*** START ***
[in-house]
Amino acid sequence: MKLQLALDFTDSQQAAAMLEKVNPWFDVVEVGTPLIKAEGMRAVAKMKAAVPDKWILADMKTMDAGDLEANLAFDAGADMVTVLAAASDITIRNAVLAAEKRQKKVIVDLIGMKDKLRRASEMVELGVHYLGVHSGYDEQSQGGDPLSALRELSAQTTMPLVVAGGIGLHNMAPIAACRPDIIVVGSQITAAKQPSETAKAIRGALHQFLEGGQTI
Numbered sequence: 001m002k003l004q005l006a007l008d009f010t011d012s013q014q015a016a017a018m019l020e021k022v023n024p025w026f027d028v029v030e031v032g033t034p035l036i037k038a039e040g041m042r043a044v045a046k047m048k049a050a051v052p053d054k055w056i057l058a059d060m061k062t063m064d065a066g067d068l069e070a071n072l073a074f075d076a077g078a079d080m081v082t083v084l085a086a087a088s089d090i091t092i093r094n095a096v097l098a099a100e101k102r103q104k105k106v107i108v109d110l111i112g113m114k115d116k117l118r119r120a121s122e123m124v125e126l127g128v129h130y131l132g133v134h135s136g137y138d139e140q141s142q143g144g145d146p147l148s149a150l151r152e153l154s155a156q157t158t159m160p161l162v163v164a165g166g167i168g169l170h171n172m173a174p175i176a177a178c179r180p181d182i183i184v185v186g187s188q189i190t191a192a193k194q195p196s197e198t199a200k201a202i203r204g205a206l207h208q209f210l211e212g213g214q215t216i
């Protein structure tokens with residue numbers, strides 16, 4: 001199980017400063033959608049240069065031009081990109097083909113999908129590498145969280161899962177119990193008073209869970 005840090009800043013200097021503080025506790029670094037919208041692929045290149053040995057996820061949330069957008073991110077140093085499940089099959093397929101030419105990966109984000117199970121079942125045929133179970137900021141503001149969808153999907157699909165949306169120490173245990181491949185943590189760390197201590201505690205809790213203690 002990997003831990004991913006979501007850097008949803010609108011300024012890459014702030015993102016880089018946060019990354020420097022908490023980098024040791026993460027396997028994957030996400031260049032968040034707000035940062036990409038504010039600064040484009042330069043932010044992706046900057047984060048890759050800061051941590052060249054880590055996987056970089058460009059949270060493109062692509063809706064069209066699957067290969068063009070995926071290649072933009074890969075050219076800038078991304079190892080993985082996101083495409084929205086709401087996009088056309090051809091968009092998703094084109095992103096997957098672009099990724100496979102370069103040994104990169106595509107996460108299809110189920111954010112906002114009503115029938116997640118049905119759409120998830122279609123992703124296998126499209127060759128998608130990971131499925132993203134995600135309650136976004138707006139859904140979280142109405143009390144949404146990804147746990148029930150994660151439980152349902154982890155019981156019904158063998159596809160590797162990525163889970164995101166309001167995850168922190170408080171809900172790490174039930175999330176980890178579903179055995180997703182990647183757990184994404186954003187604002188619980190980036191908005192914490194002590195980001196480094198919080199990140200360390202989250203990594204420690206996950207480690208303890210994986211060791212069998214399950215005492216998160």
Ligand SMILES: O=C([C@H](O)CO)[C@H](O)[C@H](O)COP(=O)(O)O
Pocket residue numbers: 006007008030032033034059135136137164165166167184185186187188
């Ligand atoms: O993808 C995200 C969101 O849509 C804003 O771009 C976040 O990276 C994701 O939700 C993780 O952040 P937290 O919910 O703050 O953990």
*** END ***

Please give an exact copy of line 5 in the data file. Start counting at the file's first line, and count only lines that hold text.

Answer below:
Ligand SMILES: O=C([C@H](O)CO)[C@H](O)[C@H](O)COP(=O)(O)O